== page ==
Modern Hawaiian Applique

There are two types of Hawaiian quilting:  kapa lau and  kapa 'apana

In  kapa lau quilts, a central design in four or eight identical segments is cut from a single piece of fabric, then appliqued atop a background. In many contemporary kapa lau quilts, the foreground patterns can be detailed and take up most of the backround spaces. In older designs, large areas of the background would be left visible.

In  kapa 'apana  quilts, a central medallion (piko) and a border that often incorporates the central design elements are composed separately and attached later. Some kapa 'apana may have separate motifs, usually four or more, symmetrically arranged in the quilt's center. 


Moani Revoir, Kailielehiwa's Orchid, 2019

Shortly after moving to Utah, Moani learned the basics of quilting from a neighbor. She felt an immediate connection to the process. Moani was able to connect to her heritage and her ancestors as she learned the techniques of whole cloth quilting and completed family quilts. For the next several decades, Moani attempted to design a quilt for her mother but nothing ever felt right. 

On the 10th anniversary of her mother’s passing, Moani recalled her mother caring for orchids at their home in Hawaii. The design immediately popped into her mind. As Moani searched for fabric, she recalled another instance when a butterfly flew into their home and landed on an orchids while she and her mother watched.

Modern day Hawaiian Quilts differ from other Pacific Island styles of quilting in composition and process. 

Hawaiian quilts are made of three layers: a top design, middle batting, and bottom backing.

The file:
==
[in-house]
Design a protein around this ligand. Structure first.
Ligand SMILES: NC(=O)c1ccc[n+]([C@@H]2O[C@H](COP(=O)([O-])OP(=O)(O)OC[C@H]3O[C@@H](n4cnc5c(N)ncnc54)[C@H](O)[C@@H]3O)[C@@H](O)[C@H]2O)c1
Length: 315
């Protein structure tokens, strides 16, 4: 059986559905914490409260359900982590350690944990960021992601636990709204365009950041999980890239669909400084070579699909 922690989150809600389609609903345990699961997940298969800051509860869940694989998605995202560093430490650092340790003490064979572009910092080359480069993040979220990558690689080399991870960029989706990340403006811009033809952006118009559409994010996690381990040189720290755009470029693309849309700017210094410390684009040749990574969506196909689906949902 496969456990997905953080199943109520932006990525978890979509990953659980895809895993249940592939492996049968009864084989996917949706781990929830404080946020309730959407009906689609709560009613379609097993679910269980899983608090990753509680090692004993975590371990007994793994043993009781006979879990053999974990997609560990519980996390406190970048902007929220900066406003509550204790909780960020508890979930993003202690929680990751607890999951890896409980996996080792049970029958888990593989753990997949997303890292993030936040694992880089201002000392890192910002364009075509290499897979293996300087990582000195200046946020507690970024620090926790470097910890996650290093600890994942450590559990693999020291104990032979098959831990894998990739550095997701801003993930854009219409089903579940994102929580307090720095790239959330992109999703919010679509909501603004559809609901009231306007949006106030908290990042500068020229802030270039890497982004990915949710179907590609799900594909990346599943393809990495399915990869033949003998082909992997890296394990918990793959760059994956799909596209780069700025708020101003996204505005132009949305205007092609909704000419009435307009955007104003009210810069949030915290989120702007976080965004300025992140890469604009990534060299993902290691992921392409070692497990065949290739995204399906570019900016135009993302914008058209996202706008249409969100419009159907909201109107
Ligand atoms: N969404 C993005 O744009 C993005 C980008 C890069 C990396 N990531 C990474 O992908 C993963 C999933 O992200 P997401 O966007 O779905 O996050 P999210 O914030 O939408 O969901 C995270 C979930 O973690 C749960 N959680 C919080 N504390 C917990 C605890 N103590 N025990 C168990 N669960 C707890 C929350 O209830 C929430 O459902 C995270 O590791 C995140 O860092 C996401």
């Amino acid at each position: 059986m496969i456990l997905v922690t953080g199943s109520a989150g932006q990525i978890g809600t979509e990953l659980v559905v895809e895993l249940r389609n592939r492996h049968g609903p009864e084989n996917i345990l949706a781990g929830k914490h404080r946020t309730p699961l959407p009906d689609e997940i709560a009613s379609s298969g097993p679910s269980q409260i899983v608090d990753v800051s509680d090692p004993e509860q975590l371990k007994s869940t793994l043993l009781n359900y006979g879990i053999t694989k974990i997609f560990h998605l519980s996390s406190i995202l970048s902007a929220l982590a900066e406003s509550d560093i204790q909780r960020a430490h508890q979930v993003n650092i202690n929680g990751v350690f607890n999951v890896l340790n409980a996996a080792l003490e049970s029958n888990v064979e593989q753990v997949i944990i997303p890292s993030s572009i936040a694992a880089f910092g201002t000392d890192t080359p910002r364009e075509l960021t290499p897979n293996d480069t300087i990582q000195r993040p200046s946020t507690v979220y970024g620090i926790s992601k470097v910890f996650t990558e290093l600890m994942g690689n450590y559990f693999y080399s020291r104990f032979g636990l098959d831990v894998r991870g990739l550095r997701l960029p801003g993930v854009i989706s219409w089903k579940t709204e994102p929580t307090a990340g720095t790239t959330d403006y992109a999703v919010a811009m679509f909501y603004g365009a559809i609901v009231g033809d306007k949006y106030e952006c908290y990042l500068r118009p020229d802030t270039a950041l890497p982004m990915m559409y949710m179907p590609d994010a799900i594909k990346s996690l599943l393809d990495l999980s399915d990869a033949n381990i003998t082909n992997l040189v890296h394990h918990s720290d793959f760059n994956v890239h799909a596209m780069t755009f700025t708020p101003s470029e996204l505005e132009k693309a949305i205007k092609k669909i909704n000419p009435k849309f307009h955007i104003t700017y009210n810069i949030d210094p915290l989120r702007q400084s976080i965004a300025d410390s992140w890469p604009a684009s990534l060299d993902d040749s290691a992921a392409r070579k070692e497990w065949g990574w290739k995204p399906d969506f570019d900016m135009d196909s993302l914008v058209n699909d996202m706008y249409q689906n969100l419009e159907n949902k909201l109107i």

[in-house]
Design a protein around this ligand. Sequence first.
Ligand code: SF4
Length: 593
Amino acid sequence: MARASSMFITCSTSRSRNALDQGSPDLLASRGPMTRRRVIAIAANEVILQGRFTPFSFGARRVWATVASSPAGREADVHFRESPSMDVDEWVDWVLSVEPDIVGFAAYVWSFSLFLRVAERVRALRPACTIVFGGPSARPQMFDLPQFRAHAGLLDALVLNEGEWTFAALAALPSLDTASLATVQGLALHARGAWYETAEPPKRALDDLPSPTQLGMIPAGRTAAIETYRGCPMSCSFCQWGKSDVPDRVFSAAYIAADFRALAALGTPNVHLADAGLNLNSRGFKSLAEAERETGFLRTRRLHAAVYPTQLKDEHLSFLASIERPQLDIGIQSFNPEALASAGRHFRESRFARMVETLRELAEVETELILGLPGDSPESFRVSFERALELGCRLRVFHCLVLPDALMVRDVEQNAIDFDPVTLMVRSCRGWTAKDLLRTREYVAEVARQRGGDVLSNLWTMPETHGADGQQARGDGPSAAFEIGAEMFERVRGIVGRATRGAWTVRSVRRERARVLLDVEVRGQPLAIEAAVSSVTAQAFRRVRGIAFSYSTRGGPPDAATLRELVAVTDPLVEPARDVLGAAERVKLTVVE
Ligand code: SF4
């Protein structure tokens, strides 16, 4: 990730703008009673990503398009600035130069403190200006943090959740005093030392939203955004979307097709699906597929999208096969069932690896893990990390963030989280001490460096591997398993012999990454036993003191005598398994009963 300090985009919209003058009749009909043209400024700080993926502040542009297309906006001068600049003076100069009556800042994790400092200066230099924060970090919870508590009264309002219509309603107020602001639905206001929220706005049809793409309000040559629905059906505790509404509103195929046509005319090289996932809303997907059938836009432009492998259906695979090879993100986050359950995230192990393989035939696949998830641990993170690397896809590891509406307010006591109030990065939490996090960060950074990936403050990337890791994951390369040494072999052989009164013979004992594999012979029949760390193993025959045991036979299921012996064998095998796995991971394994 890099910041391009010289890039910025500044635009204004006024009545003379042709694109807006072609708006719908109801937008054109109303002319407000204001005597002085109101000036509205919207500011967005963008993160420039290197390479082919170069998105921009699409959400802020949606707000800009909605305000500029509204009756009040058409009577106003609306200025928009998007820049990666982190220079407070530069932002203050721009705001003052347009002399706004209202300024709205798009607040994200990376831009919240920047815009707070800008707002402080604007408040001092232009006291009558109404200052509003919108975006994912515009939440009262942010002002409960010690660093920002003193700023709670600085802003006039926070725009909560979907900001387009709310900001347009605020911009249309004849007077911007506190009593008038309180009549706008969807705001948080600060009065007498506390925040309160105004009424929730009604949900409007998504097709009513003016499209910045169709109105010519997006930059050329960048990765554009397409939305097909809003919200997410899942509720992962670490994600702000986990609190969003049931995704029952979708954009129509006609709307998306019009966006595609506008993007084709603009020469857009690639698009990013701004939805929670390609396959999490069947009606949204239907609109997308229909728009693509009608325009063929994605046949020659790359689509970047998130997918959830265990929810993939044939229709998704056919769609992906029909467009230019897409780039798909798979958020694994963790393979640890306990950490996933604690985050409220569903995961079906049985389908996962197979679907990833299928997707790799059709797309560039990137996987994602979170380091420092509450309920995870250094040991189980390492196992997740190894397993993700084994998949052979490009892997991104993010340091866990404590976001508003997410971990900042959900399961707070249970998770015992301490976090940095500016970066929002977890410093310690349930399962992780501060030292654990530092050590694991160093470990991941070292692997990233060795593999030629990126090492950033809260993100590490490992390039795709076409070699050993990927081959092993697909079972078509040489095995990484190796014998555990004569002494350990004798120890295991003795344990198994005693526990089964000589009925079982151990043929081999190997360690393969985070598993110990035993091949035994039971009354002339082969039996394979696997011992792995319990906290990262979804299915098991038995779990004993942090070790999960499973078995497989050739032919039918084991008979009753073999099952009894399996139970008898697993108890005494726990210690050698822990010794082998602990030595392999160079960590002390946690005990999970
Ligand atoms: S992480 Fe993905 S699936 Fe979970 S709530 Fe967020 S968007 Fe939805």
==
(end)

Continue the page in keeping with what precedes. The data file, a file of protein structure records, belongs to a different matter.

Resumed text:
To create the top design, or  medallion, a quilter will fold a square of fabric into eighths. A design is traced or drawn onto the folded fabric or cut freehand. To finish the quilt, the applique design is basted and sewn onto a contrasting background fabric. Then, the top fabric and background fabric are joined to the middle batting later with small quilting stitches through all three layers of material.


Echo Quilting, by Karen Barry, 2018 Photo courtesey of Okan Arts

The contour quilting you see here, also known as humu lau, kuiki lau, and  echo quilting is created by following the outline of the central applique design, keeping the rows usually about half an inch apart from the center of the quilt to the border. 

The repetition of the stitching creates a design that echo's the applique patterns. Many Hawaiian quilters speak of these stiches as representations of waves breaking in the ocean, and the border as  ho'opae' which translates to "go ashore." (Hammond, Joyce D. Tifaifai and Quilts of Polynesia. University of Hawaii Press, 1986.)


Maurice “Keola” Ohumukini, Intertwined Lei Pillow, 2019

Since his youth Maurice “Keola” Ohumukini has trained to become a steward of Hawaiian arts and culture. He is a recognized master in the traditions of hula, singing, lei making, and foodways among others. Keola’s grandmother instructed him in Hawaiian quilting and taught him the meaning of the designs and stitch techniques.

When not performing, Keola still finds time to work on his craftsmanship and quilt projects. He is currently making a custom quilt for each of his children to inherit. The quilt design on this pillow depicts two intertwined leis - the green represents the maile lei made from ti leaves and the orange represents the ilima lei made from fresh flowers.

Vocabulary Words: 
  • kapa lau: style of Hawaiian quilting with a central design in four to eight identical segmets that is cut from one piece of fabric. This fabric is then appliqued on top of a background.
  • kapa 'apana: style of Hawaiian quilting with a central medallion and border. There are usually four or more motif's which are symmetrically designed and attached to the backing later.
  • piko: the central design on a traditional Hawaiian quilt, also known as the medallion.
  • medallion: the top or primary design on a traditional Hawaiian quilt.
  • echo quilting (also, humu lau; kuiki lau): A style of quilting in traditional Hawaiian applique processes in which the outline of the central design is followed by half inch rows from the center to the boarder, which simulate waves in the fabric.
  • ho'opae': Hawaiian, translates to: "to go ashore."
  • Ilima Lei: the Oahu island's representative flower let, which is primarily gold and orange. It is also referred to as the "royal lei" since it was at one time only worn by royalty.